The Workforce of America’s Gilded Age


        The industrialization of the United States during the Gilded Age had a massive effect on workers. Before the industrial revolution, according to Keene, most crafts such as shoemaking required skilled labor, but with the invention of machines, like Jan Matzeliger’s lasting machine, these skilled trades soon became unskilled jobs, where workers could just pull levers and have the machine do the work. While these new machines saved businesses a considerable amount of cost, they often wiped out fields of skilled trades. Many unskilled workers could be employed to do what would have previously been a costly skilled worker’s job.

        Along with the shift from skilled to unskilled employment came longer hours and lower pay. To combat these injustices, workers began to make attempts to organize, calling these organizations unions. Workers saw unions as opportunities to gain an equal footing with their employers, both politically and in the form of organized strikes and boycotts. Unions had strength in numbers and made an environment where workers could speak freely about their work and the change they wished to see, something that many foremen and managers kept a close eye on and prevented.

        Employers disliked these unions and thought them as dangerous, often using propaganda and threats to prevent people from joining them. One major reason employers may have felt this way is because unions gave the lower and working-class a voice, and gave them more power to rebel against policies they felt were unfair. Some early unions, such as the Knights of Labor (KOL), used ideals to gain members, ideals such as the 8-hour workday and workplace equality, both between genders and races. Its leaders felt that the only way to achieve change was through uniting all workers from all fields. At its peak, the organization had more than 700,000 members, with its sheer numbers, its influence soared and scared many employers, who felt that unions like these would hurt their profit margins.

Keene, Jennifer, Visions of America: A History of the United States, Vol 2, 3e, Pearson, 2017.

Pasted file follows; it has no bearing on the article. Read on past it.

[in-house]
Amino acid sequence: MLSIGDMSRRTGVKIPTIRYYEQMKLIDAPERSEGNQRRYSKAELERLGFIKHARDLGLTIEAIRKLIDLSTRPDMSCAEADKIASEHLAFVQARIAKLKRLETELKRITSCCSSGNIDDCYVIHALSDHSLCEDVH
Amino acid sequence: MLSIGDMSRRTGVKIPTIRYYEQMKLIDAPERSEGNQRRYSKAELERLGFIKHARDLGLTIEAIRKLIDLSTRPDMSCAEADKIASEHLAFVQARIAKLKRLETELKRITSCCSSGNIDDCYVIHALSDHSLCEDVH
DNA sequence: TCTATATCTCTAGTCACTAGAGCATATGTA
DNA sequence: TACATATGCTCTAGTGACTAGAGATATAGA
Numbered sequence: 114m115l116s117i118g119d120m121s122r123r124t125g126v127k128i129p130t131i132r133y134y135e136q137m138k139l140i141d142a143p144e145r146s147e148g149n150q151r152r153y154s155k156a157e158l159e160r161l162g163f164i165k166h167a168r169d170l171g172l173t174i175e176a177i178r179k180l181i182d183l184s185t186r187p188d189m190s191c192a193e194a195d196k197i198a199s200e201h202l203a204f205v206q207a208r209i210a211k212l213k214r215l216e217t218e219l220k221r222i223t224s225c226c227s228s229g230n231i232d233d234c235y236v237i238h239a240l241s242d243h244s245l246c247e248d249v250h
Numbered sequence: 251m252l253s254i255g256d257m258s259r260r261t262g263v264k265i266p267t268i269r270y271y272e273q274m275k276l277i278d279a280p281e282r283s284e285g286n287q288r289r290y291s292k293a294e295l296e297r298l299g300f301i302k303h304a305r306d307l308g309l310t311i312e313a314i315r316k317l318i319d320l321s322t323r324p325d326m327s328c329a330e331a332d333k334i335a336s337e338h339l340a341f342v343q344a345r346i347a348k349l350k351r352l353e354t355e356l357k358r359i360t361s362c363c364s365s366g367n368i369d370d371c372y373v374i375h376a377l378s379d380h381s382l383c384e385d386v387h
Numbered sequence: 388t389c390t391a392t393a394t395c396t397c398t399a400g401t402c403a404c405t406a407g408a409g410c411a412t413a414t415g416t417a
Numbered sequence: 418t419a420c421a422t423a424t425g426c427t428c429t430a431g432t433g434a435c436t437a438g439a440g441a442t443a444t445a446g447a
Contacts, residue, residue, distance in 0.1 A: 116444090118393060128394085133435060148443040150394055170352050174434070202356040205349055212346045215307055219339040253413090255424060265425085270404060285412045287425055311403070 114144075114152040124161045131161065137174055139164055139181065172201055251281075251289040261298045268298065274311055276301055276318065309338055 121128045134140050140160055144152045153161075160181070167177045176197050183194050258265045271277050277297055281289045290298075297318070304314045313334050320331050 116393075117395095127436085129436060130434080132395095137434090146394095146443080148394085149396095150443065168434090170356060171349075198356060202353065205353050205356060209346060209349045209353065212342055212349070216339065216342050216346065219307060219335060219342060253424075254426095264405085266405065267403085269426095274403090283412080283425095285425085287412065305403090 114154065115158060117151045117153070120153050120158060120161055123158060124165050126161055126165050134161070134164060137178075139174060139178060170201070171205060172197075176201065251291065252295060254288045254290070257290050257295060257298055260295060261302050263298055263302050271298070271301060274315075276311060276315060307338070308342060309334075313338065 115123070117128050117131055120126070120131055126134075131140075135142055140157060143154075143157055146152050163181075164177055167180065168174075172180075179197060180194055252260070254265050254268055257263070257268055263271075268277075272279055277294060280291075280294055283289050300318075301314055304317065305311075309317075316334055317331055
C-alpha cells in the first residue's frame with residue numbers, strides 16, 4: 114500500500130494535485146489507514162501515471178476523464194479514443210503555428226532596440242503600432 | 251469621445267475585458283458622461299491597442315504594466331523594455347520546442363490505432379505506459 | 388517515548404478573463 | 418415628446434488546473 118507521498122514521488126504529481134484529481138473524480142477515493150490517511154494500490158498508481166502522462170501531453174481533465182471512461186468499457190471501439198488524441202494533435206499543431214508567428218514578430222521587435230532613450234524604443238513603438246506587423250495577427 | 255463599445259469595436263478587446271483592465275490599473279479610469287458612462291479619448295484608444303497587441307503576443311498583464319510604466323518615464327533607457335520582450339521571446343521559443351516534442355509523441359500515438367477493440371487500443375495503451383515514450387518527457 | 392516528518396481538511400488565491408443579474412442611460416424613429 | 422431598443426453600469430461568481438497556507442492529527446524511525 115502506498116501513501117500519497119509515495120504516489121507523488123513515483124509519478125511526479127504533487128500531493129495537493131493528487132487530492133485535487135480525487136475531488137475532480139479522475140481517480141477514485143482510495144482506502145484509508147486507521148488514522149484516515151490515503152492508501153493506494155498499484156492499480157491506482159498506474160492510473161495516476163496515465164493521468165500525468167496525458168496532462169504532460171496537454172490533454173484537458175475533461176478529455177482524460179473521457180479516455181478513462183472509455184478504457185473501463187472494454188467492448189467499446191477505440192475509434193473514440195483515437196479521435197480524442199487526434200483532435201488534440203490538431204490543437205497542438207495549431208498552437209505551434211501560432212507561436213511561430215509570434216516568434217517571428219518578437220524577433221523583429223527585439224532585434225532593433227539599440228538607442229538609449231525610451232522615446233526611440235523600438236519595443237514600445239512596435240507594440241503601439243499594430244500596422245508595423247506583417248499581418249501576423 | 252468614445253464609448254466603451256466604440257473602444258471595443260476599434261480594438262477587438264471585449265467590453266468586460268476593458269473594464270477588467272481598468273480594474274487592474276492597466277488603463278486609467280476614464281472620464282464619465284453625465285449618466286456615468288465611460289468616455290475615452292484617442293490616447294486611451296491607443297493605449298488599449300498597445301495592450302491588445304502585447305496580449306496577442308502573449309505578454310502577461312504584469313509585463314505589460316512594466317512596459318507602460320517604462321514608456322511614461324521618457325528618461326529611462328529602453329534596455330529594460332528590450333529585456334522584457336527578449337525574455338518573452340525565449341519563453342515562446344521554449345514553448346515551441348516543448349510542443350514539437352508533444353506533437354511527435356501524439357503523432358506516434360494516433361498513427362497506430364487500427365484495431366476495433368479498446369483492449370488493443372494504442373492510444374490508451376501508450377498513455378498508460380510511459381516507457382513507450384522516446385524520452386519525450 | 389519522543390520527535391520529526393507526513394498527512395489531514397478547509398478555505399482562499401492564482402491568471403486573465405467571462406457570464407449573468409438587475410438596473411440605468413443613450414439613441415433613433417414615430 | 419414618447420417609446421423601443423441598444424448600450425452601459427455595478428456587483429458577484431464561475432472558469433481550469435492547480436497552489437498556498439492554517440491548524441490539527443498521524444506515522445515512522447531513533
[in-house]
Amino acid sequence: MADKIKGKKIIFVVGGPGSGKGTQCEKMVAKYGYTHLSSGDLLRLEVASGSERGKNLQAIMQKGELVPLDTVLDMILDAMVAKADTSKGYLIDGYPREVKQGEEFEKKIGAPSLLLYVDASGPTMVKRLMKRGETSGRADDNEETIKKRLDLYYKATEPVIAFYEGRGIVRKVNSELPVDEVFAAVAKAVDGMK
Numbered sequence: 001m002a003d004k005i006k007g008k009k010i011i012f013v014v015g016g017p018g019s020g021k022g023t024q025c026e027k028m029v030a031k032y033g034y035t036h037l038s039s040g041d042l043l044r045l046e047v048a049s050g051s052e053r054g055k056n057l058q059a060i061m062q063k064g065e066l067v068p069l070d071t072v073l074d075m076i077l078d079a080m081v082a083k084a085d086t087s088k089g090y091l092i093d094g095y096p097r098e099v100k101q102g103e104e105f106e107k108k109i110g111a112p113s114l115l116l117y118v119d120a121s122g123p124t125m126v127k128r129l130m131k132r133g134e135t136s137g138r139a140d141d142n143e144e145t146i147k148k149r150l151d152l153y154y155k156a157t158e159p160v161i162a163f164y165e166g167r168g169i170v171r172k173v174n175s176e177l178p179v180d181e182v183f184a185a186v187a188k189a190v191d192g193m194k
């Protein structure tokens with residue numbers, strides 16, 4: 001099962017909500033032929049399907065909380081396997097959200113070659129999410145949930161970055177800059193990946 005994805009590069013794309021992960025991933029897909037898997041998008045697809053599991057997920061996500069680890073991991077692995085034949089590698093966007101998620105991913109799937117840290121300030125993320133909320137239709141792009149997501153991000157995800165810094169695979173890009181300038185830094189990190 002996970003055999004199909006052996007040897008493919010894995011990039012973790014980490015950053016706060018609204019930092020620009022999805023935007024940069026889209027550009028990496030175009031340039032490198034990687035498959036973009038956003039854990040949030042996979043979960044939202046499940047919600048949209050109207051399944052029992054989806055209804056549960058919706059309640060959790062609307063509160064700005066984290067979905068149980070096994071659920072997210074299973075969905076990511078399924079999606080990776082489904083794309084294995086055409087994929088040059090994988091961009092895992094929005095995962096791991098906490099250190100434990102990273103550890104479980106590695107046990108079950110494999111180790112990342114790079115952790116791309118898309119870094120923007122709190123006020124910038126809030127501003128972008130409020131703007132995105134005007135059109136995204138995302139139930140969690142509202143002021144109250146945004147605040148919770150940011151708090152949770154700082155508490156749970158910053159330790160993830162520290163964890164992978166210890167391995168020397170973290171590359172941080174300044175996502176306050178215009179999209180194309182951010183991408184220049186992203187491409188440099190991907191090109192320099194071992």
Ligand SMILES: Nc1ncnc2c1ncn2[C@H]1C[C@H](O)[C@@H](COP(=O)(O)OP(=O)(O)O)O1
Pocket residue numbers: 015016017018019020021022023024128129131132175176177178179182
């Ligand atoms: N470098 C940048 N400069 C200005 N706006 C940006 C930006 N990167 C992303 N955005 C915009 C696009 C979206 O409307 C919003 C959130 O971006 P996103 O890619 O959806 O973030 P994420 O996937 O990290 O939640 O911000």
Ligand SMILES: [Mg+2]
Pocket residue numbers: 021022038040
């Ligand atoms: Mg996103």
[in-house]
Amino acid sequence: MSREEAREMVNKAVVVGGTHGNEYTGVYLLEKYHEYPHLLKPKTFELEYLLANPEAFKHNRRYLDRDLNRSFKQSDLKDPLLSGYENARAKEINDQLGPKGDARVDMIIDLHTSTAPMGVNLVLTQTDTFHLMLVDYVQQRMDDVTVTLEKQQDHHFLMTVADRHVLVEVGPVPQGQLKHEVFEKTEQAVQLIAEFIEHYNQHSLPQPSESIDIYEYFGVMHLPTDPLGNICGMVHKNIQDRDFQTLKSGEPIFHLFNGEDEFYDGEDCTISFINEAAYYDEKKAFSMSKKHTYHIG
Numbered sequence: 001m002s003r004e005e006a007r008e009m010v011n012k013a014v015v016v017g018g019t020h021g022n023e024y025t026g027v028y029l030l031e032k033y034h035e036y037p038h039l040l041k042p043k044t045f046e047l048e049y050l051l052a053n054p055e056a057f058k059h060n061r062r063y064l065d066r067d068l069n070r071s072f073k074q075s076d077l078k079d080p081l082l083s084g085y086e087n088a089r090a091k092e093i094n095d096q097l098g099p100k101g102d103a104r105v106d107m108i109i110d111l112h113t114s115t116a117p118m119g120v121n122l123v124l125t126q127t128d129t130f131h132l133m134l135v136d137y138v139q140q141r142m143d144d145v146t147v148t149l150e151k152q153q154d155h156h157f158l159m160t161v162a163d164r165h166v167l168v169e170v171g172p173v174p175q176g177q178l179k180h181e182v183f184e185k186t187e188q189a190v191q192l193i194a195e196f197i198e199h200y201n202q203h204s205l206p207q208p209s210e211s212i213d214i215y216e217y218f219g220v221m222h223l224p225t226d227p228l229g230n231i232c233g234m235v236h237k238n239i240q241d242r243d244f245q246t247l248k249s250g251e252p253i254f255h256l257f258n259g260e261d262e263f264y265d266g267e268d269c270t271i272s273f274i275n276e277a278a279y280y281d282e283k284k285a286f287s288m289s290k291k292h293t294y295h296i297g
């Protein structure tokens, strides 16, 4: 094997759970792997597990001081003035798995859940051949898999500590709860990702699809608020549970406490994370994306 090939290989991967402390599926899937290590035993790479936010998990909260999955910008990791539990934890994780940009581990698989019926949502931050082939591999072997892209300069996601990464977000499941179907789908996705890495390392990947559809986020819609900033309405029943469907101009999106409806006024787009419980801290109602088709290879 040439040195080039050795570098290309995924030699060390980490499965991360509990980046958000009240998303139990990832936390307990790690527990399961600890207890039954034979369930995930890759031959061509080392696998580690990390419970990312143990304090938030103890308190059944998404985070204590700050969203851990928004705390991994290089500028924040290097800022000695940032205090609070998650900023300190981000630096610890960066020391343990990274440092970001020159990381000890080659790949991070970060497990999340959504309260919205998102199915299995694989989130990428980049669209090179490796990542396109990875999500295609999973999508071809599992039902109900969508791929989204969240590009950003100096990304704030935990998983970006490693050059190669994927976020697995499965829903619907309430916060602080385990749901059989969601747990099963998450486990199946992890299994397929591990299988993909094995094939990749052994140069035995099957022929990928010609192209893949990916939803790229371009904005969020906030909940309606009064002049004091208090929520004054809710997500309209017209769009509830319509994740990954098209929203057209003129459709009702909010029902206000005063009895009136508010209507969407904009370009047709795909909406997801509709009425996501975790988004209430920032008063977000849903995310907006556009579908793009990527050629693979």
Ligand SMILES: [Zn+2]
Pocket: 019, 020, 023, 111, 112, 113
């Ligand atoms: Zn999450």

7 thoughts on “The Workforce of America’s Gilded Age

  1. I agree looking at this, looks like employers dislike the unions because they created more jobs and also are making the hours shorter for the worker. The employers took away the skilled jobs like you stated. So a lot of the workers that are skilled want to go somewhere else where they can use that skill instead of just pulling a leaver. Employer took a lot of the skilled jobs away where the union created some with shorter hours.

  2. Yes, the influence of the Knights of Labor on employer’s perceptions of organized labor cannot be understated. It was an umbrella organization that really sought to unite American workers from many distinct backgrounds, at least apart from the racial divisions in the south. As one of the first successful organizations that managed to bring together all types of workers, this was incredibly difficult for big businesses to deal with. A real fear would begin to grow with the “robber barons” of the Gilded Age as the Knight’s of Labor’s membership numbers grew and more and more successful strikes occurred.

  3. I agree with what you’ve said. As you have stated, Unions were a way to tell the employers the workers’ wants and needs. They helped to organize the workers and enact reform through strikes and boycotts. Deciding whether or not to strike must have been hard, since doing so put you at risk of losing your job and getting put on the blacklist.

  4. Although-as you said-the industrial revolution changed the skilled trades, it wasn’t as easy as just pulling levers. There are a still a decent amount of skilled trades jobs that need people. The machines that were created to make shoes were created by skilled men and women. People also need to keep those machines updated and working. Even though machines were created there is so much other work that needs to be done. Machines and equipment were built to make jobs faster and more convenient.

  5. Along with employers trying to milk every dime they could get out of their workers, bad working conditions helped fuel their desire to strike against their employers. Unskilled employment brought longer days and workers were not having that. But employers had a gripe. Of course they were going to dislike their workers strike against them, they’d be crazy to prefer their workers to strike. Well written article, nice job.

  6. During this time in history many things were changing and growing, I don’t believe anyone knew how to handle the changing growth. I do believe companies got greedy quick due to the fact they shad the upper hand, money and jobs, the two things all people wanted. Who would want to sit back and watch everything around them developing into potential corporations. People were moving as well as inventing new equipment to make work easier. I like that you noted about Jan Matzeliger’s because she was a female immigrant, who isn’t typically recognized.

  7. The KOL made a big impact on our society today, we still use some of their ideals such as improved factory conditions involving safety and equal pay for the same work done. Employers had every reason to be scared of unions in their early state, they cut into their profits with them demanding higher wages and more safety regulations and run the risk of all the workers walking out on you in the middle of a workday meaning they’d have no workers and no product which also cuts into their profits.

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